6 essential checks to ensure your encrypted email is HIPAA compliant

Published on November 1, 2018

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One of the most important things you can do as a healthcare professional to ensure HIPAA compliance is to sign up for an encrypted email service. However, this is just the first step. The next step is to apply a healthy dose of common sense before you hit send.

The HIPAA Security Rule allows the use of email to transmit protected health information (PHI) as long as the practice follows certain standards to make sure the information is secure.

An email service with encryption, such as Hushmail, goes a long way toward meeting these standards, but it doesn’t do everything. Using common sense and mindfulness is just as important to ensure human error doesn’t undo the security provided by encryption.

By taking note of the following checks, you’ll prevent common mistakes that could sabotage all of your good security efforts.

1. Be wary of addresses you don’t recognize

If you receive an email requesting information that might qualify as PHI, and you aren’t sure where the email is coming from, confirm who the person is and the purpose of the email. Check the actual email address of the sender in addition to the name. This is a simple good communication practice in the healthcare world, but in the middle of multitasking, it can be easy to fall into a pattern of reacting quickly rather than devoting time to a thought out response. Just be aware and consider where your email will go if you respond.

2. Make sure you’re sending to the right recipient

This advice might seem simplistic, but you’d be surprised how many errors are made by not looking closely at the recipient. When your email application automatically fills in a name, it’s easy to mistake a John Smith with a Jon Smith. Or a Heather Bell with a Heather Biel. The solution is to slow down when sending an email and take the time to carefully select the correct address.

3. Don’t put sensitive information in the subject line

Subject lines are the most visible part of an email. They are displayed when listing emails and can be seen in notifications on some devices.  Be sure to place any private or identifying information in the body of the email, not the subject line. Examples of inappropriate subject lines include: “Feedback on your depression screening” or “Welcome back to our ADHD support group.” While seemingly straightforward, these subjects tell too much information about the recipient.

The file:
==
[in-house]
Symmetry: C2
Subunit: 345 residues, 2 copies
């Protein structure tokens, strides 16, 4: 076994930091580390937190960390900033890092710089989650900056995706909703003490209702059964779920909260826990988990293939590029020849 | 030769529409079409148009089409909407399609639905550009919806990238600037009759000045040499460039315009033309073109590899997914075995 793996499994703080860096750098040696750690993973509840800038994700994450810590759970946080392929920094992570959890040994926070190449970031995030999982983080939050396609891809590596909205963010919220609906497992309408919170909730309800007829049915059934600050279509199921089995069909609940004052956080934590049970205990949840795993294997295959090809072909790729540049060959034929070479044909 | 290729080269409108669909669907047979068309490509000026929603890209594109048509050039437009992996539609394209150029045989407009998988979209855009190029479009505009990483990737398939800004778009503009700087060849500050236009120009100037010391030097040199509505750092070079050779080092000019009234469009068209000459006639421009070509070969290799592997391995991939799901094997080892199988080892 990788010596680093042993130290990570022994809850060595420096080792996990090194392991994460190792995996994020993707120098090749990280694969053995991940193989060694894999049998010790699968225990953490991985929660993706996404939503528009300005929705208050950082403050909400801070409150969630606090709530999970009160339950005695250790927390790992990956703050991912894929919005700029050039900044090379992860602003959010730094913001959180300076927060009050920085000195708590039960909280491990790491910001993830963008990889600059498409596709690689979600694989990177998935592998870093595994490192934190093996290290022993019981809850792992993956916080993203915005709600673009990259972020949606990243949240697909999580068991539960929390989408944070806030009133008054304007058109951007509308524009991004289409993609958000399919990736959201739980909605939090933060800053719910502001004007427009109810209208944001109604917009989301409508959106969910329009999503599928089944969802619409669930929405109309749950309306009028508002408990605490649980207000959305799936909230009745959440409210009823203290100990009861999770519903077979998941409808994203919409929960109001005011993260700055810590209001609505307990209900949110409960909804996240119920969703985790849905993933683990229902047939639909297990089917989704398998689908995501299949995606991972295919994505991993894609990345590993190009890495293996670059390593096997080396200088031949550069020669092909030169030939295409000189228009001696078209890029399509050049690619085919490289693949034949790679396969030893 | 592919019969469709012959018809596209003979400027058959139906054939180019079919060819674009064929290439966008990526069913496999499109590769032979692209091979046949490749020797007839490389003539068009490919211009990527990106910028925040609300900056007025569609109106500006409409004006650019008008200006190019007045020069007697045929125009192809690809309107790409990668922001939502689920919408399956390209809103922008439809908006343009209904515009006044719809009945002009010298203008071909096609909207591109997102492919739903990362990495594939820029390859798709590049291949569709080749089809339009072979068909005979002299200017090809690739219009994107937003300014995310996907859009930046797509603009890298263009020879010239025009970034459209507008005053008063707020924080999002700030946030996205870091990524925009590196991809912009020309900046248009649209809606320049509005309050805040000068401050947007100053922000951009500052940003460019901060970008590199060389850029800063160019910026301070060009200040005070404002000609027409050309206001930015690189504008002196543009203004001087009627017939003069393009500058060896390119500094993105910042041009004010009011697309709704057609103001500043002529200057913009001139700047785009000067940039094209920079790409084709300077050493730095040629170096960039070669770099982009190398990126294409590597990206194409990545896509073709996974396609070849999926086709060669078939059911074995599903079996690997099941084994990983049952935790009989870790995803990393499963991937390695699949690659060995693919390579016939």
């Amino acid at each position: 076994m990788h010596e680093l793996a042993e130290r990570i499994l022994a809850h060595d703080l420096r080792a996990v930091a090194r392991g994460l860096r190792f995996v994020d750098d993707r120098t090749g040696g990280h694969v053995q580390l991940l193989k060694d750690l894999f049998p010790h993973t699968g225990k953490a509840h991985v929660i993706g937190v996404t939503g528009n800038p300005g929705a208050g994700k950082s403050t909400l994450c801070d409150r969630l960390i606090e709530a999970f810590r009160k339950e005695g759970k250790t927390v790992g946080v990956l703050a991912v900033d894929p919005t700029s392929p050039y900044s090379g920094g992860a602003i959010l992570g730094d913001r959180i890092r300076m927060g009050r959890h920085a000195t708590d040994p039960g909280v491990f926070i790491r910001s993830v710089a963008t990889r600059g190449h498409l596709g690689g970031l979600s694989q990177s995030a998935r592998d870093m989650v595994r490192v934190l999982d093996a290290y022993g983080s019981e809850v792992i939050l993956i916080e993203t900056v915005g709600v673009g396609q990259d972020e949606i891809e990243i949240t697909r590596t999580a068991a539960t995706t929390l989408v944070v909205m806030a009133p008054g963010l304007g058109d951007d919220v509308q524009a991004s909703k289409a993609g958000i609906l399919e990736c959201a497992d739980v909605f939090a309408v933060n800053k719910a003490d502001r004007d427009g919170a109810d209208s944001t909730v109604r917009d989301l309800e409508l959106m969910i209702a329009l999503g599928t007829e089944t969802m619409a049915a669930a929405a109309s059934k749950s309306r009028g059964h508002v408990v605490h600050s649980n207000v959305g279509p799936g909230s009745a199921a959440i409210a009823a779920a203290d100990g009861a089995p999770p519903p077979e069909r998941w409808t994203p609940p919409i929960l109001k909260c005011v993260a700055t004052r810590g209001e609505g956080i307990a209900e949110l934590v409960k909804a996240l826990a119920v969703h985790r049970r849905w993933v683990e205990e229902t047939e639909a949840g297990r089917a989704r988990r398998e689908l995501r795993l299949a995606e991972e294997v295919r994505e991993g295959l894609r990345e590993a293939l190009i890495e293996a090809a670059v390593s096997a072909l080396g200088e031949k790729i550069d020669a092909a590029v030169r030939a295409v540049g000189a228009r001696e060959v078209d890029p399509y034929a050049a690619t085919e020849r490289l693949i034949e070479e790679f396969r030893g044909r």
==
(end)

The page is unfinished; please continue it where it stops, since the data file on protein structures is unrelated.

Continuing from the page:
Outside of your practice, you probably try to make your subject a clear, concise description of your email. This isn’t always possible when you’re handling PHI. Instead, you may have to rely on more general phrasing. For example, you might rewrite the subject lines above as “Assessment” or “Welcome back.”

4. Don’t send group emails

As a rule, group emails are a bad idea when it comes to protecting PHI. If the email implies information about the recipients, such as an email welcoming new members to a support group, then it’s considered PHI and under the protection of HIPAA. If you must send group emails, make sure they contain only very general information.

5. Make sure you encrypt

All encrypted email services are different and have unique encryption mechanisms. It’s important that you understand what they are, when they’re automatic, and when they require action. Hushmail’s service includes automatic encryption between Hushmail users, but if you’re communicating with someone who doesn’t have a Hushmail account, it requires you to check an Encrypted box in webmail. Take the time to make sure the encrypted email you think you’re sending is, indeed, encrypted.

6. Always take a step back and pause before sending

We’re all busy. It’s easy to get caught up in what we’re doing and forget some of these simple checks. That’s why one check should never be ignored - pause before you send.

Just five seconds can be enough to remind yourself that you’re sending PHI and it must be handled carefully. Go point by point down the list. Is the main recipient correct? Are all recipients appropriate? Does the subject line reveal anything personal? Is the email encrypted? Five seconds is all it takes, and then you can confidently hit send.

 

Don’t have a Hushmail account?

Sign up for Hushmail for Healthcare today.